>P will rue this day for quite a while. She helpfully informed me this morning that a guy up the road was liquidating his tools and hardware. At first I didn’t want to go because I was motivated to get started on covering the brassicas with floating row cover. But I knew that sometimes you can get really useful things for next to nothing. So we went.
Again, it was P’s eagle eye that spotted the opened but nearly full boxes of nails and screws for $2 or $5. And then the boxes of large and really, really large bolts, washers and nuts, one box weighing 113 lbs. And then the boxes and pails of joist hangers and the like. For $60, we got so much stuff that the “farm truck” suspension was fully … suspended and P had to walk home. But before she left, she enquired about any tables for sale. Just one, it turned out. For another $5, a stainless steel table, perfect for potting. Delivery included.
Yesterday, we prepped the second half of a double bed, the first half already planted out in lettuce and brassica transplants. Then I used the handy-dandy uber-expensive Johnny’s precision seeder to seed 12 closely spaced rows of 3 kinds of radishes. The seeder is designed to dig a narrow furrow for each of the 6 hoppers. But, unless the bed is extremely clean i.e. NO gravel, sticks, root balls, it will get hung up and fail to seed. The workaround for this is to bring the furrow-digging shovels to above-ground. Doing this allows the seeder to progress smoothly over the bed and to drop the seed on the surface of the bed.
The problem then is how to keep the seed from drying out. For half of the planting, I sprinkled “Special Blend” organic potting mix on top. For the other half, I simply shovelled loose soil on top. Then I got out a garden hose and a wand sprayer and wetted the whole planting. I wetted it a few times in the following several hours since it quickly ran off the slight slope, especially at first. Towards the end of the work day, the water was soaking in nicely. I’ll be interested to see which covering works best.
After the radishes, we started setting out the bunching onions. You may recall our Day one of this venture in which we seeded a bunch of soil blocks. For bunching onions, P prefers not having individual blocks but rather one whole tray in which seed is broadcast evenly and densely. Onion seed is tiny so separating individual seeds would have been time consuming. After 4 weeks of growth, the onions were about 4 inches tall and there were probably 500 in the tray (this would have required about 15 trays had we used 2”X2” blocks).
To set them out, we first soaked the powdery dry soil with water and made sure the soil in the tray was also moist. Then we dug shallow bed-width furrows every 2 inches. We grabbed a handful of onions with their roots and soil and gently separated each onion from the others in the bunch, layed its thin roots in the furrow and pressed a bit of soil around each onion stalk to try to make it stand up. We planted each furrow to a 2 or 3” spacing so the overall area of bunching onions is still fairly compact; 30” by perhaps 10 feet.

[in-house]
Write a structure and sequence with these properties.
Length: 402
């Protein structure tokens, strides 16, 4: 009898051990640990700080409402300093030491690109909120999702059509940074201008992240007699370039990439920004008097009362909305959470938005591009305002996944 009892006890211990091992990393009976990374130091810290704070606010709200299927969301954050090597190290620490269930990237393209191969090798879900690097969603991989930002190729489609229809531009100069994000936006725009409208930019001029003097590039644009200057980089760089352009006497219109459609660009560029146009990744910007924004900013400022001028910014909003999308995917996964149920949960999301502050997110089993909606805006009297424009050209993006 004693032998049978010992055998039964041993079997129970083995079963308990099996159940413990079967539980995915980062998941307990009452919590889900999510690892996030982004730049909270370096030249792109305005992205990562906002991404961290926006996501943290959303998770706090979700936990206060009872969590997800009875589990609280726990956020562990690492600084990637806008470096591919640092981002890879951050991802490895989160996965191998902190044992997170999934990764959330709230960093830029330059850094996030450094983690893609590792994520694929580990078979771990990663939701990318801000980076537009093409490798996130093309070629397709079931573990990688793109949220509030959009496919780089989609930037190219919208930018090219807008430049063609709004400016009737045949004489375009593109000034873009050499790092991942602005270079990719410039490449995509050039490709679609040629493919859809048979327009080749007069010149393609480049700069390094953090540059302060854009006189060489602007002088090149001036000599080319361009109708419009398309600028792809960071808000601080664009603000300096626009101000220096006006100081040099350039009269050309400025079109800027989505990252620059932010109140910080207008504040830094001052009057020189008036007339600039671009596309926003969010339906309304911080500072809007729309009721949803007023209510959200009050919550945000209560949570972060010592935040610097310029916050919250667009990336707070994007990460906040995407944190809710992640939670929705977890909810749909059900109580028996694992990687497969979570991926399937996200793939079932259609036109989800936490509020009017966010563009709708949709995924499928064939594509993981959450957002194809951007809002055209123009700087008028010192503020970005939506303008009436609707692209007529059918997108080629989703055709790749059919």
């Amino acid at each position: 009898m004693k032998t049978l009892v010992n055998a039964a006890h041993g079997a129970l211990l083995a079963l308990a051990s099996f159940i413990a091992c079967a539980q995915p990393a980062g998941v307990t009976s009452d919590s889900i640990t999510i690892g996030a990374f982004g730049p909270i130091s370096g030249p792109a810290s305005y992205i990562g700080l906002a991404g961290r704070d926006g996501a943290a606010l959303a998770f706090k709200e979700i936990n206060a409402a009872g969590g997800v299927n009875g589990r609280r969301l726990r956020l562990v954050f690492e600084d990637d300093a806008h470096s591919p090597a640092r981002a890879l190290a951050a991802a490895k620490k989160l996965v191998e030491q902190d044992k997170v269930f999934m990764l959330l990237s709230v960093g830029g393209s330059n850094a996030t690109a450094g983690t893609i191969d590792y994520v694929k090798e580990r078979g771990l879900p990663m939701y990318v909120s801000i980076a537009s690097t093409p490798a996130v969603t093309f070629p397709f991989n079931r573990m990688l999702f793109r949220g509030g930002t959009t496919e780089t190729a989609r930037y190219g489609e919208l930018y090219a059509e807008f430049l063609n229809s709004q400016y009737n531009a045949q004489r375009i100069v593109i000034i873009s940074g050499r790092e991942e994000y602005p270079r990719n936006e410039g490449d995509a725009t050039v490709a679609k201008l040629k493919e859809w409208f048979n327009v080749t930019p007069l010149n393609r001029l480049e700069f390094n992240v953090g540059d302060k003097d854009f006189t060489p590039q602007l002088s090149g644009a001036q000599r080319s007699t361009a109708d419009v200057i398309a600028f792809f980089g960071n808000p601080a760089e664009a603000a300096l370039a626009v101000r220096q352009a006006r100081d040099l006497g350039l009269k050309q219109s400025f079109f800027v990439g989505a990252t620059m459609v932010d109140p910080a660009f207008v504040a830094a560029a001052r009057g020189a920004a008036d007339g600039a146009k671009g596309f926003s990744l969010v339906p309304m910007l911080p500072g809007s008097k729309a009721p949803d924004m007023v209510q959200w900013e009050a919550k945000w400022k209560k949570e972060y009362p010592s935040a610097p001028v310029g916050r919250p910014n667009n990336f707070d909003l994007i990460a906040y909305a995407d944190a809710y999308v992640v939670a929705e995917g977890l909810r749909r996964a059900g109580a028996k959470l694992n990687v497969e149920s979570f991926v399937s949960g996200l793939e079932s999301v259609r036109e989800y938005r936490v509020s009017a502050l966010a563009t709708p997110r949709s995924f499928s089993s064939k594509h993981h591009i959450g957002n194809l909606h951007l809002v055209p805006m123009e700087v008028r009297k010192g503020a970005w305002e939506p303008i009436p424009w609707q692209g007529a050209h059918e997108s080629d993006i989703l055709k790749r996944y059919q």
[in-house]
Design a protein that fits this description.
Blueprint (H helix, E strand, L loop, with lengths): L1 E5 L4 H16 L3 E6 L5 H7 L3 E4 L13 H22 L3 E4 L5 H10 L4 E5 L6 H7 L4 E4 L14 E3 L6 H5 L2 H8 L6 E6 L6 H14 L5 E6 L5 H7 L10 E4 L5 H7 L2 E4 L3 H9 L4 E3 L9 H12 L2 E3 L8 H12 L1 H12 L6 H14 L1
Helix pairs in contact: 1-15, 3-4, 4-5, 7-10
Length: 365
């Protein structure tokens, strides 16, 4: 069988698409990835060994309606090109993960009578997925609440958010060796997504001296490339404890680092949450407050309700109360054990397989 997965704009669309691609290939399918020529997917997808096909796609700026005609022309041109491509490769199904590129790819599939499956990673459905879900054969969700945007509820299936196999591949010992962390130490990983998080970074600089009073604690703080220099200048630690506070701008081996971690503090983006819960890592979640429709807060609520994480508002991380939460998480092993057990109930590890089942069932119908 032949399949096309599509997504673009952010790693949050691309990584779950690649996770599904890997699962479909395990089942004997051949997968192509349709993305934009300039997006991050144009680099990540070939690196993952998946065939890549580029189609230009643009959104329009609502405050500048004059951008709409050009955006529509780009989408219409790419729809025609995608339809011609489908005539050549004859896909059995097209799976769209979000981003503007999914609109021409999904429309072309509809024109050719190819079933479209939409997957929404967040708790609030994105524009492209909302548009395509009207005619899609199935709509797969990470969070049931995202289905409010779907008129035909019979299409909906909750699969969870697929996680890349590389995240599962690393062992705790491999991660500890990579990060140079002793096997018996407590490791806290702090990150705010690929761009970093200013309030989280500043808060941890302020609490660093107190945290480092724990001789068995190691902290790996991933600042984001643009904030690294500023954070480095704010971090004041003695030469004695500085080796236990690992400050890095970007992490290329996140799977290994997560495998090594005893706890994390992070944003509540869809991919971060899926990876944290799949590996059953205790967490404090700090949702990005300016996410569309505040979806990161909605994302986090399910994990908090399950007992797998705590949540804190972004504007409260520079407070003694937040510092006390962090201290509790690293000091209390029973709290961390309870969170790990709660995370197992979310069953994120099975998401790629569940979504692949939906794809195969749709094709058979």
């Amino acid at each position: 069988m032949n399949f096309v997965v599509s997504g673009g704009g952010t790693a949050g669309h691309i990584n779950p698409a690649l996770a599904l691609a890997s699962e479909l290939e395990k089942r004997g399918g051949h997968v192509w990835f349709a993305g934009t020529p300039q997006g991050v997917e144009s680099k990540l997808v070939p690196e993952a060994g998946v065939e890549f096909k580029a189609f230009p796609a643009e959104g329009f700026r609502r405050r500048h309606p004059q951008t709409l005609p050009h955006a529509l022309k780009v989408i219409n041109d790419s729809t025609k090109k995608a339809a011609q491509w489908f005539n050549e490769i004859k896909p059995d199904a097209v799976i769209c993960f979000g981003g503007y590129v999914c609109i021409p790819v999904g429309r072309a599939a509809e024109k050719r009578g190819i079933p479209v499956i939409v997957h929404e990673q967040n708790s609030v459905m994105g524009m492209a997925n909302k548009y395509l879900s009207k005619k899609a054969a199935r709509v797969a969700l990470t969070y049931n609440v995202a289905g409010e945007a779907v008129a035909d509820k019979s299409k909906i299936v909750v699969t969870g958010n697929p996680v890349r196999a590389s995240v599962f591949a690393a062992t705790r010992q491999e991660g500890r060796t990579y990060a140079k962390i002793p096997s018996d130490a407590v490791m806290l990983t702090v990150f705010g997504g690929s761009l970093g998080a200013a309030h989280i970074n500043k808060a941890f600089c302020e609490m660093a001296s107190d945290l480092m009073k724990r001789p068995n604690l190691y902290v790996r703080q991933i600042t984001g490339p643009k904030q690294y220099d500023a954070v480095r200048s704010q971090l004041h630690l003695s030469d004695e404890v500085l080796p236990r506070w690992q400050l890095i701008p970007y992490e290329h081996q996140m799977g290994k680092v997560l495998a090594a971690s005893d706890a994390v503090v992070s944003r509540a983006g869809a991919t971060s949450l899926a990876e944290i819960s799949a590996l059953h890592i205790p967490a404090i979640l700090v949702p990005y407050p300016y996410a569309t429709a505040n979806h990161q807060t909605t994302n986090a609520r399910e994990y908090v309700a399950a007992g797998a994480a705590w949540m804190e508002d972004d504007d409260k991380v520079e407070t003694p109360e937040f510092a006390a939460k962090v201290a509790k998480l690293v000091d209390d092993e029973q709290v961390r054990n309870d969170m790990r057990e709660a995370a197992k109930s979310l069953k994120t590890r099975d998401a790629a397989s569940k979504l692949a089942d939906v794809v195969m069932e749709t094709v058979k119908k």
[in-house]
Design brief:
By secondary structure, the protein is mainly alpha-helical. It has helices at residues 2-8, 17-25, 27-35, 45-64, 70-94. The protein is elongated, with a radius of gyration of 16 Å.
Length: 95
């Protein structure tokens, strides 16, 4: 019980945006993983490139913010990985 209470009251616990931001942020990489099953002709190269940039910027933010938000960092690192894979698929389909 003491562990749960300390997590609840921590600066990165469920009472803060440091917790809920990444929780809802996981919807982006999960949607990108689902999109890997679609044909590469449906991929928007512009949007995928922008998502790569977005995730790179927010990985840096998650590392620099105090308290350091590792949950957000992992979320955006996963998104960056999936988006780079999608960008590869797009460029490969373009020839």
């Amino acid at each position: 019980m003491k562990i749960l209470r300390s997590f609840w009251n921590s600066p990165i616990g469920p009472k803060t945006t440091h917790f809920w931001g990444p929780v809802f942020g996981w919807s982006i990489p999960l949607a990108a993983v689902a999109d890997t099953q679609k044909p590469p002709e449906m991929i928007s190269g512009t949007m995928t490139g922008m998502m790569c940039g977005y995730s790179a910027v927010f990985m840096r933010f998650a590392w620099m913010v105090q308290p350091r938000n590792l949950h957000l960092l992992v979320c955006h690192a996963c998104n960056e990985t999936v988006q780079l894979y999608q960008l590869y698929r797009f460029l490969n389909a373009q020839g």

If all goes well, we’ll harvest radishes, bunching onions and salad greens all at the same time in about 3 weeks. At that time, our next succession of salad greens plant starts should be ready for transplant into the same bed. Since we also have broccoli, cauliflower and cabbages in this bed, we’ve had to install a row cover to protect the lot from the cabbage moth, one of which P spotted yesterday and sent away with a stern rebuke.
A technique that’s all the rage in the Johnny’s world is to use 10′ lengths of electrical metal tubing (EMT) bent into a semi-circle to make a 6′ wide by 3′ high ribs. Spaced at 4′ between ribs and covered with spun bond fabric (Reemay), crops can be kept a little warmer at night and not too hot during the day plus airborne pests can be kept out (seed growers also use it to keep certain crops isolated from wind-blown pollen and pollinators in order to avoid genetic crossing). I also plan to use EMT with a polyethylene cover to keep our low-growing bed of melons, squash, peppers and basil hot in the summer and fall. For the winter harvest, I’ll use the EMT with poly for keeping salad greens growing.
Using a semi-circle of plywood as a jig, I bent 20 lengths of EMT for the brassica beds. It’s hard to shove in the ends of the EMT into soil, particularly soil that’s so stony, so I first used a thick length of rebar and a hammer to make 6″ deep pilot holes. Once the ribs were up, I dug a narrow trench 3″ deep just outside each side of the ribs. Then I spooled off 80′ of reemay along one side of the ribs and began burying one edge of it in the trench before filling with soil and compacting with foot pressure. I did about 10′ on each side before crossing over to the other side to bury that side’s edge. The ends got the same treatment.
The 6′ width of the ribs cover 2 – 30″ wide beds plus the 12″ footpath between them. One thing I forgot to do was lay down drip line on the second bed. Now I’ll either have to commandeer a small maneuverable child to run the drip line inside the tunnel or untrench the reemay on one side.